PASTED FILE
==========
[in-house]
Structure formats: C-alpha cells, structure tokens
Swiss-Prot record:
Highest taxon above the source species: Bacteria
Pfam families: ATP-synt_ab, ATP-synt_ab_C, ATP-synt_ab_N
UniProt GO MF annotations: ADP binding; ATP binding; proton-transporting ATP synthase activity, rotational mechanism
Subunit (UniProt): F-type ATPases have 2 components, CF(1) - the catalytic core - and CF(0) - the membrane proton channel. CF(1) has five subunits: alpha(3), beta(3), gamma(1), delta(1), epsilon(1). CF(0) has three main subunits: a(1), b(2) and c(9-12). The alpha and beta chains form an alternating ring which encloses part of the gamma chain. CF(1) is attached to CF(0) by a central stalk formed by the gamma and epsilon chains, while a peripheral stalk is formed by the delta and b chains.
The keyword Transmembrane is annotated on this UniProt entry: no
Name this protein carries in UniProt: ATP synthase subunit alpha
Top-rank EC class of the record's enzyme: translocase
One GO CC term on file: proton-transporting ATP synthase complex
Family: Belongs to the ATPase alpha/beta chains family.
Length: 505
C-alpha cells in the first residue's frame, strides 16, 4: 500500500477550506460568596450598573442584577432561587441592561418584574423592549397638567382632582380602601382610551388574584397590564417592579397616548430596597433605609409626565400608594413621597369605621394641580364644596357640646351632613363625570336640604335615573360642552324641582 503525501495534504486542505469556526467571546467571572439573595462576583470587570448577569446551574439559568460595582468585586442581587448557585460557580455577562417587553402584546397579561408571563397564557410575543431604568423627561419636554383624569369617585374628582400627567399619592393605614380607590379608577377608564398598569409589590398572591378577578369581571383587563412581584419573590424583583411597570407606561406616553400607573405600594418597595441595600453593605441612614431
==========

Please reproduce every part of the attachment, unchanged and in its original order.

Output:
[in-house]
Structure formats: C-alpha cells, structure tokens
Swiss-Prot record:
Highest taxon above the source species: Bacteria
Pfam families: ATP-synt_ab, ATP-synt_ab_C, ATP-synt_ab_N
UniProt GO MF annotations: ADP binding; ATP binding; proton-transporting ATP synthase activity, rotational mechanism
Subunit (UniProt): F-type ATPases have 2 components, CF(1) - the catalytic core - and CF(0) - the membrane proton channel. CF(1) has five subunits: alpha(3), beta(3), gamma(1), delta(1), epsilon(1). CF(0) has three main subunits: a(1), b(2) and c(9-12). The alpha and beta chains form an alternating ring which encloses part of the gamma chain. CF(1) is attached to CF(0) by a central stalk formed by the gamma and epsilon chains, while a peripheral stalk is formed by the delta and b chains.
The keyword Transmembrane is annotated on this UniProt entry: no
Name this protein carries in UniProt: ATP synthase subunit alpha
Top-rank EC class of the record's enzyme: translocase
One GO CC term on file: proton-transporting ATP synthase complex
Family: Belongs to the ATPase alpha/beta chains family.
Length: 505
C-alpha cells in the first residue's frame, strides 16, 4: 500500500477550506460568596450598573442584577432561587441592561418584574423592549397638567382632582380602601382610551388574584397590564417592579397616548430596597433605609409626565400608594413621597369605621394641580364644596357640646351632613363625570336640604335615573360642552324641582 503525501495534504486542505469556526467571546467571572439573595462576583470587570448577569446551574439559568460595582468585586442581587448557585460557580455577562417587553402584546397579561408571563397564557410575543431604568423627561419636554383624569369617585374628582400627567399619592393605614380607590379608577377608564398598569409589590398572591378577578369581571383587563412581584419573590424583583411597570407606561406616553400607573405600594418597595441595600453593605441612614431